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Ask Dr. Michael Salkin Your Own Question
Dr. Michael Salkin
Dr. Michael Salkin, Veterinarian
Category: Dog Veterinary
Satisfied Customers: 24357
Experience:  University of California at Davis graduate veterinarian with 44 years of experience
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What to do next? I took my dog to the vet as she was very

Customer Question

What to do next? I took my dog to the vet as she was very lethargic and yelping for no apparent reason or when she tried to shake her head. They diagnosed an ear infection and started that treatment with Tri-Otic ointment and Rimadyl. A few days later was worsening. I took her back and then did basic blood work, which was normal and an xray of her back. It showed a some discs on the lower back where almost bone on bone. They did a laser treatment and switched the meds to Gabapentin Tramadol and Prednidone. She is sleeping and settled down, but when she moves a certain way she yelps. Today she started limping and will hold up her right paw. Her paw did not seem to hurt before, but now she is favoring it. When laying down when moves that leg she will yelp. Please, any advice would be helpful. Holiday weekend and no vets open.
Thanks
Submitted: 6 months ago.
Category: Dog Veterinary
Expert:  Dr. Michael Salkin replied 6 months ago.

You're speaking to Dr. Michael Salkin. Welcome to JustAnswer. I'm currently typing up my reply.

Expert:  Dr. Michael Salkin replied 6 months ago.

I'm sorry to hear of this with your dog. When a front leg is involved the myelopathy (spinal cord disorder) is also present in the cervical (neck) segment of the spinal cord. Holding up that paw is considered a dorsal nerve root signature sign which you can consider the same as sciatica but in the front rather than hind leg. The trio of drugs is still appropriate but in general cervical disks take a bit longer to quiet down than those in the lumbar area and surgical decompression of the cervical spinal cord may be necessary in patients who don't respond to the tincture of time and those drugs.

Please respond with further questions or concerns if you wish.

Customer: replied 6 months ago.
Would doing an MRI be better than an Xray in case she needs surgery She started feeling bad last Saturday. Took her in Tues and Friday Still not better and still in pain The only option this weekend would be to go to an emergency center, but she does not do well with strangers and it will really stress her out even more. I have her penned up and she is sleeping off and on. She did eat this morning and has urinated three times, but has not had a BM yet.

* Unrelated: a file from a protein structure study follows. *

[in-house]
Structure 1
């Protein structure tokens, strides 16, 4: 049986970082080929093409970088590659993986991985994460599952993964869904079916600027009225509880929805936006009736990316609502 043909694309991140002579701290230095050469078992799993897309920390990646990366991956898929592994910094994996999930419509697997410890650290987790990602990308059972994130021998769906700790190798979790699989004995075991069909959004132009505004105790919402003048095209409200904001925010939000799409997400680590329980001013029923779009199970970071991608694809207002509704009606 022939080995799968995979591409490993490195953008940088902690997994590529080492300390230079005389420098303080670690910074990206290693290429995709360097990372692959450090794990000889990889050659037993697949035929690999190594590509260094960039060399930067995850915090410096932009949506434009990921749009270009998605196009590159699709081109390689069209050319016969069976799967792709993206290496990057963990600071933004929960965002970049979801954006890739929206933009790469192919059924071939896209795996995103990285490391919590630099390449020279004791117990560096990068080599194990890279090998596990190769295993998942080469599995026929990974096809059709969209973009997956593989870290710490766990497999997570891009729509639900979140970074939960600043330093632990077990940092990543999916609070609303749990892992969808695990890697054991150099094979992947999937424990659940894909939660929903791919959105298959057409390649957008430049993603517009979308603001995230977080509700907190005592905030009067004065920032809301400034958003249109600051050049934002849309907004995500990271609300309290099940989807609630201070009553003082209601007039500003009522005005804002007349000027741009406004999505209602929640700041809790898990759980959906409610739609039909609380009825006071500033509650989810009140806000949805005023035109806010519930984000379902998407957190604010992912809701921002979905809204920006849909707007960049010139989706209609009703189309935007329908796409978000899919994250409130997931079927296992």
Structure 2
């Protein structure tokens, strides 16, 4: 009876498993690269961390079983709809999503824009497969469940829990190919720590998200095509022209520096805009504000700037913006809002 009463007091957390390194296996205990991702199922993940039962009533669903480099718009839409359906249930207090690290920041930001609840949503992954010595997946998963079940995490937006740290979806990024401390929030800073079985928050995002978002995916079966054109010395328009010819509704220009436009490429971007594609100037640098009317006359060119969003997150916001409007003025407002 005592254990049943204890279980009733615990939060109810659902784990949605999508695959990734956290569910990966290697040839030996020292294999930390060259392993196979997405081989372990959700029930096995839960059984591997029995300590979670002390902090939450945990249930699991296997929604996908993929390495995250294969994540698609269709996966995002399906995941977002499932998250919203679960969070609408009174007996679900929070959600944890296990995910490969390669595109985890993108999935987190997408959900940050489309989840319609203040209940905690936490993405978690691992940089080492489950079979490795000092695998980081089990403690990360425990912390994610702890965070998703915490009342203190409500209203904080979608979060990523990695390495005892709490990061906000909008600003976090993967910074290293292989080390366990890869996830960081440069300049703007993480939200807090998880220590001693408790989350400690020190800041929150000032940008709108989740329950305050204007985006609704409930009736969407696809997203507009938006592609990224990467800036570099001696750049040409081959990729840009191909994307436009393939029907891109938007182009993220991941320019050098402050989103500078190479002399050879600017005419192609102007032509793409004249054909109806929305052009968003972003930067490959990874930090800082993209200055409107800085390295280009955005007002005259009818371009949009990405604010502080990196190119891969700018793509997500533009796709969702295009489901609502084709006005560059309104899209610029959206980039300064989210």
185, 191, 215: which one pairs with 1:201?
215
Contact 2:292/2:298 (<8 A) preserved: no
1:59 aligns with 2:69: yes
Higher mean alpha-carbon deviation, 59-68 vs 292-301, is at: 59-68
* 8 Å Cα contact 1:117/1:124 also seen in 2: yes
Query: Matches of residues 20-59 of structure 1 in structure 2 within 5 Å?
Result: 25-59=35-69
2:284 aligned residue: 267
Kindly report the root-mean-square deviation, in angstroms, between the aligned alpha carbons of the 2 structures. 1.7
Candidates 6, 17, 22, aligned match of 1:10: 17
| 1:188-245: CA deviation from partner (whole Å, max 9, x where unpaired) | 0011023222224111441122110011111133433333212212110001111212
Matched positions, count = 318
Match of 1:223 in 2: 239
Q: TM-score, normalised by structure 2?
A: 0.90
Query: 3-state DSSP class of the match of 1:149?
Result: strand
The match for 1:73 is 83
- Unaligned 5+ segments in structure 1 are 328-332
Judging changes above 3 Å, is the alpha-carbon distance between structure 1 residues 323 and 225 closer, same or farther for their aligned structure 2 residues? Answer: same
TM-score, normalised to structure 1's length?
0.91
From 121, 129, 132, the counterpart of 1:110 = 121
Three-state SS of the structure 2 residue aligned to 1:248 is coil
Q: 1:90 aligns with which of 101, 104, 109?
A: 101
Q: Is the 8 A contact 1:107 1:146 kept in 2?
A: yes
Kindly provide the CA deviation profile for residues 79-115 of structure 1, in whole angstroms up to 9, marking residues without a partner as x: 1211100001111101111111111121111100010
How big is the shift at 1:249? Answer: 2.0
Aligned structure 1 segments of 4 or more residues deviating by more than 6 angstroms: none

Expert:  Dr. Michael Salkin replied 6 months ago.

Absolutely. X-rays too often miss the lesion. If you can keep her very quiet (lest she hurt herself further) and medicated, you can avoid an ER visit. Constipation is common with lumbar disks because it hurts to position to defecate. Please continue our conversation if you wish.

Customer: replied 6 months ago.
How do I help her be able to pass a soft BM
Expert:  Dr. Michael Salkin replied 6 months ago.

An over the counter laxative/stool softener such as docusate sodium (Colace, e.g.) dosed at 50-100 mg once or twice daily can be helpful. Adding psyllium seed (Metamucil, e.g.) to her diet at a median dose of 2 tablespoonsful per day will act as a bulk laxative.

Customer: replied 6 months ago.
I have her confined in a small area about 3 by 4 foot is that ok or should I indeed put her in the crate.
She will tolerate it but does not particularly like it
Expert:  Dr. Michael Salkin replied 6 months ago.

The small area will suffice. I can't lock up my patient in a crate. Jumping up and down and navigating steps is what really needs to be avoided.

Customer: replied 6 months ago.
Thanks so much I really appreciate your help.
Sincerely
Paulette
Expert:  Dr. Michael Salkin replied 6 months ago.

You're welcome, Paulette. I can't set a follow-up in this venue so please return to our conversation - even after rating - with an update at your convenience.

Expert:  Dr. Michael Salkin replied 6 months ago.
Hi,

I'm just following up on our conversation about your pet. How is everything going?

Dr. Michael Salkin